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Data Analysis Fundamentals: Throttle Histogram

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Throttle Histogram


00:00 - Since the throttle pedal position defines the amount of torque the engine delivers, analysing the throttle pedal use during a lap can give us a good metric to analyse the way the driver is using the available engine power and how well balanced the chassis is.
00:15 All things being equal, the more throttle the driver is able to apply during a lap, the faster the car will be and the lower the lap time.
00:23 At the same time, the better balanced the chassis is, the easier it will accept throttle during corner exit.
00:30 The two specific pieces of data we're interested in here are the percentage of time the driver is at full throttle and the average throttle position during a lap.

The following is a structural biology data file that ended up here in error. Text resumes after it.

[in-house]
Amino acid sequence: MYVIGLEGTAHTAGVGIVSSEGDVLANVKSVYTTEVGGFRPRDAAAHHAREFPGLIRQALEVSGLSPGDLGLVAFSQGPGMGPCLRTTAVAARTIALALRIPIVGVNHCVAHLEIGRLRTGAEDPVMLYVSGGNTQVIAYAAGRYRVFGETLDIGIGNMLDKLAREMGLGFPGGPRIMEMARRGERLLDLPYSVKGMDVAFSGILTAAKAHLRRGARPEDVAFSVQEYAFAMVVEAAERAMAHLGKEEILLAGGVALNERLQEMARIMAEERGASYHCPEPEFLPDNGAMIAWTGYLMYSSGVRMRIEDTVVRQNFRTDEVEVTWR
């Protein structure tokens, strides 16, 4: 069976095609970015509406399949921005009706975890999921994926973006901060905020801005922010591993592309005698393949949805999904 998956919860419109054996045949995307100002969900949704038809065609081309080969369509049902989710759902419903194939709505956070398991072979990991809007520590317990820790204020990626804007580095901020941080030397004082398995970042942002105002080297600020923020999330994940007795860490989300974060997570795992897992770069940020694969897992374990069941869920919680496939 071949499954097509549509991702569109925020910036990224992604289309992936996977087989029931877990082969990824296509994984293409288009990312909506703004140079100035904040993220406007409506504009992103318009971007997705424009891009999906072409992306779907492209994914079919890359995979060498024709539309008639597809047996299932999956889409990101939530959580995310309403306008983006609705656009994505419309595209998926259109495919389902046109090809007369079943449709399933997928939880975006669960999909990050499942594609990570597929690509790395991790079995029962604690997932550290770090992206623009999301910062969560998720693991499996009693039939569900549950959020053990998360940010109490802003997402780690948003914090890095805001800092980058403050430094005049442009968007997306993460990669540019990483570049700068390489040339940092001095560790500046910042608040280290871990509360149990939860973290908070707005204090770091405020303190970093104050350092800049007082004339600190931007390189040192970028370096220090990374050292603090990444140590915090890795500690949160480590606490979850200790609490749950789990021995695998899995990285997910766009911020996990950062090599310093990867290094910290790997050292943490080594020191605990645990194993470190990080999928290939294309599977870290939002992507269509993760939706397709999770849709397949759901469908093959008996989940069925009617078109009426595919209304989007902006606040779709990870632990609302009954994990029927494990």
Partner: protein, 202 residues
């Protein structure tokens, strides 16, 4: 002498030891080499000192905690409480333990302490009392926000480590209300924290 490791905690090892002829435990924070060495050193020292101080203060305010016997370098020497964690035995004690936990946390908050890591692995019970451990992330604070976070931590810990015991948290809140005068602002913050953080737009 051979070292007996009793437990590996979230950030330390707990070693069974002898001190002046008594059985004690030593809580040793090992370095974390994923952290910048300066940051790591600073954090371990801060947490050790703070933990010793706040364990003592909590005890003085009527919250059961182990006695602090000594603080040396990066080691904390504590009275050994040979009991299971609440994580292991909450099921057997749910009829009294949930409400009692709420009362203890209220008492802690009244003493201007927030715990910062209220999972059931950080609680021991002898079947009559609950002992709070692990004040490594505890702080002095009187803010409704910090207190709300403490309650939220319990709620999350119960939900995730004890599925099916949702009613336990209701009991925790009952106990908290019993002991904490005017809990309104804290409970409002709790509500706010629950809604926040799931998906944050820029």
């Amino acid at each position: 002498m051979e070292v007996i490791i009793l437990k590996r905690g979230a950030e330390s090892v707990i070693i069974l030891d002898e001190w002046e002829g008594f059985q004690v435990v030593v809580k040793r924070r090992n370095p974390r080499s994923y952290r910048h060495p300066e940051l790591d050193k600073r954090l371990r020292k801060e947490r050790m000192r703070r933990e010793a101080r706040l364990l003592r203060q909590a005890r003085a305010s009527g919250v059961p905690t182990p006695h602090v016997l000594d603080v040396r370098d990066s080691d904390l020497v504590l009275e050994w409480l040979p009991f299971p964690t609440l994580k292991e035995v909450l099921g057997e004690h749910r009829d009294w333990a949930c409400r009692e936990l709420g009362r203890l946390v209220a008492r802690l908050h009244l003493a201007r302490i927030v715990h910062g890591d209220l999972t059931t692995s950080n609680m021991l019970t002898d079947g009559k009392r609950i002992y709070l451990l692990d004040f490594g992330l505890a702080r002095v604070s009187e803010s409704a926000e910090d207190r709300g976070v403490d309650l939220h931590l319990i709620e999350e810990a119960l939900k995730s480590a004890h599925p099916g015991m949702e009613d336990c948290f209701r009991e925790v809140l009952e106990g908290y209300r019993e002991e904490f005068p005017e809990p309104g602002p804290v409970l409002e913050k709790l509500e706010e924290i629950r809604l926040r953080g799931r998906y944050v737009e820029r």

00:39 Any time we see these two values increase, we can generally expect an improvement in the lap time although of course there are considerations that may come into play.
00:49 So throttle application alone can't be used as a sole indicator of performance.
00:54 The full throttle percentage can be derived from what's referred to as a histogram which breaks up our data from a full lap into what we call bins.
01:04 A bin is just a range of throttle movement and every sample from the full lap that spans that particular range will be placed into that bin.
01:12 A simple histogram for the throttle might then encompass 10 separate bins spanning from 0 to 100% throttle opening in 10% increments.
01:22 The average throttle percentage can be displayed directly on the time/distance graph of the throttle trace rather than from your histogram.
01:29 And your analysis software should provide an option to display the minimum, maximum and average values for each channel within the time/distance graph.
01:38 Alternatively this could also be derived from a channel report which we'll discuss shortly.